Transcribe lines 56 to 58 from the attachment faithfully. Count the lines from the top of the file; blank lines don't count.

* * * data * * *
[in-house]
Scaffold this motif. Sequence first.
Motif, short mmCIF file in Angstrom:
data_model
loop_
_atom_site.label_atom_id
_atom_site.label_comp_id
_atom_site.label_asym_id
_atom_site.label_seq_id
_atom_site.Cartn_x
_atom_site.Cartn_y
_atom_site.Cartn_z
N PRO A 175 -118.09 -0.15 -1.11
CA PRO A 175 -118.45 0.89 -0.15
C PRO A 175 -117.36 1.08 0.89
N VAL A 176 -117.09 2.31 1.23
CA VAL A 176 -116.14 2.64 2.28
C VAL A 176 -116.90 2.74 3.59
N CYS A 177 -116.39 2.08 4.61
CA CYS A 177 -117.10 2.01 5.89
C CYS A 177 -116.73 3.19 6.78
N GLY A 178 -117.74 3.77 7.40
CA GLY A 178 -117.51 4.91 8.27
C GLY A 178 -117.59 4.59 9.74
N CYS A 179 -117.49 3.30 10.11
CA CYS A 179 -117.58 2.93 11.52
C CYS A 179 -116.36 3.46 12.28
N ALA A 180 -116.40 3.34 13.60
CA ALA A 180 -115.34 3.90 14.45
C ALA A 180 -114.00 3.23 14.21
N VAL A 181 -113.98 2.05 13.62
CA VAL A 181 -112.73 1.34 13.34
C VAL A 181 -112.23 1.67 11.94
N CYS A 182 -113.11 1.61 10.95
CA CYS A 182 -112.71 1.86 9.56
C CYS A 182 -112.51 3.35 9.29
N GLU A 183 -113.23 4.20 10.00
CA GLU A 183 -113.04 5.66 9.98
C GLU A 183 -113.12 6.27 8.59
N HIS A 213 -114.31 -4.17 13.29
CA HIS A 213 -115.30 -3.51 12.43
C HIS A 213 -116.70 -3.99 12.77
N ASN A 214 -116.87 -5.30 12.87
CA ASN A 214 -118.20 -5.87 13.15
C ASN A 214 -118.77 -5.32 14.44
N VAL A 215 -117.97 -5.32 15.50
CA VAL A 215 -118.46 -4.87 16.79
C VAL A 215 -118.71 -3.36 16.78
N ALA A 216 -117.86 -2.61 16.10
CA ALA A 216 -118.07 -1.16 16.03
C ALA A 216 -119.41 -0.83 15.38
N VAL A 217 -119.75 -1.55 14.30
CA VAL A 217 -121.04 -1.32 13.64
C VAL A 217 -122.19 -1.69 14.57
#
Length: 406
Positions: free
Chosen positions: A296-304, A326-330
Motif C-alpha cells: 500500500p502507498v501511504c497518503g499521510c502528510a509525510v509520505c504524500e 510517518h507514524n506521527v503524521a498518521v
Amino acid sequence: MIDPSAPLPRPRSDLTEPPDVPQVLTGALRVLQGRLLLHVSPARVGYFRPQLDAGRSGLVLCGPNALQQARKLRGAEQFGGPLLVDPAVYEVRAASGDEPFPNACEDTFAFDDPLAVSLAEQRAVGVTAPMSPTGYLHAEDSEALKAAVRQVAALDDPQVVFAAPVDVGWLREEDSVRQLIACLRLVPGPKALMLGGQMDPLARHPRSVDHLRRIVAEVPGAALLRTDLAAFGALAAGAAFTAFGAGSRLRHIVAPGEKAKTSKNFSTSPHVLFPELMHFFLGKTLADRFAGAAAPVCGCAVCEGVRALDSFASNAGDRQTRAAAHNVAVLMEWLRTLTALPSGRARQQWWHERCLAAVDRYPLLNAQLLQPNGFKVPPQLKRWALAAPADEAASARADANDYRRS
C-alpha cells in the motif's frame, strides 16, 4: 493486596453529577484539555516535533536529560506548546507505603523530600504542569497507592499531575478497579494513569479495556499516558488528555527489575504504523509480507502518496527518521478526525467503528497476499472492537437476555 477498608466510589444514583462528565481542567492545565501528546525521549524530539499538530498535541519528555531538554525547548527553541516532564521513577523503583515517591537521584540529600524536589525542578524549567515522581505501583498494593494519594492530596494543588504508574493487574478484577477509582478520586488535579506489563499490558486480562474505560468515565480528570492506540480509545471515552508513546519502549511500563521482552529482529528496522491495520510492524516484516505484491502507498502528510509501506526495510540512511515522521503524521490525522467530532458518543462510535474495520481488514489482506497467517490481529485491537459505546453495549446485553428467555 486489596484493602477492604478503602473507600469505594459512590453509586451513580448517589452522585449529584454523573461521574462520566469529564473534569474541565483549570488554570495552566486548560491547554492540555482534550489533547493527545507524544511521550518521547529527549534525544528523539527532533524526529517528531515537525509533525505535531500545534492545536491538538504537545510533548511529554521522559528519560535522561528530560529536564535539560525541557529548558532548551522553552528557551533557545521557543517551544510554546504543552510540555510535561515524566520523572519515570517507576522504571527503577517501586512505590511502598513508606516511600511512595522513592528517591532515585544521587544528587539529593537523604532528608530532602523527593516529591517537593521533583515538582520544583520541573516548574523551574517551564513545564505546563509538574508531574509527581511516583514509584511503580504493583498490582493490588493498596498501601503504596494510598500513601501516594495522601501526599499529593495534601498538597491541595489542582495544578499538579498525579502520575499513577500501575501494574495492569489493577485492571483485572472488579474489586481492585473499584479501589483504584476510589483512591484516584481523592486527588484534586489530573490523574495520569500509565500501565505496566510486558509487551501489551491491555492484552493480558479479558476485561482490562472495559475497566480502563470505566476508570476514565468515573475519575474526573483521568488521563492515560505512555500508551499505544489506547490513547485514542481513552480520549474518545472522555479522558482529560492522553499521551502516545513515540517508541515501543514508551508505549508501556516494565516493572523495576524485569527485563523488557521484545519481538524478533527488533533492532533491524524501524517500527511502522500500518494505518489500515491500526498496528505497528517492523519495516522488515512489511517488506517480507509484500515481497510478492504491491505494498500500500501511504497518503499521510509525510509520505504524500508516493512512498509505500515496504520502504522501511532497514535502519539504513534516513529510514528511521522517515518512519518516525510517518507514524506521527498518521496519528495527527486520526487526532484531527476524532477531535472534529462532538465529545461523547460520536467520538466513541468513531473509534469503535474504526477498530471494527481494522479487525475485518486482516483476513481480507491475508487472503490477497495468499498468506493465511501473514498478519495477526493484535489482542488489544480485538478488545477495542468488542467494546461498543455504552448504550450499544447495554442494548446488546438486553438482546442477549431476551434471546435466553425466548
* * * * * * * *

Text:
Length: 406
Positions: free
Chosen positions: A296-304, A326-330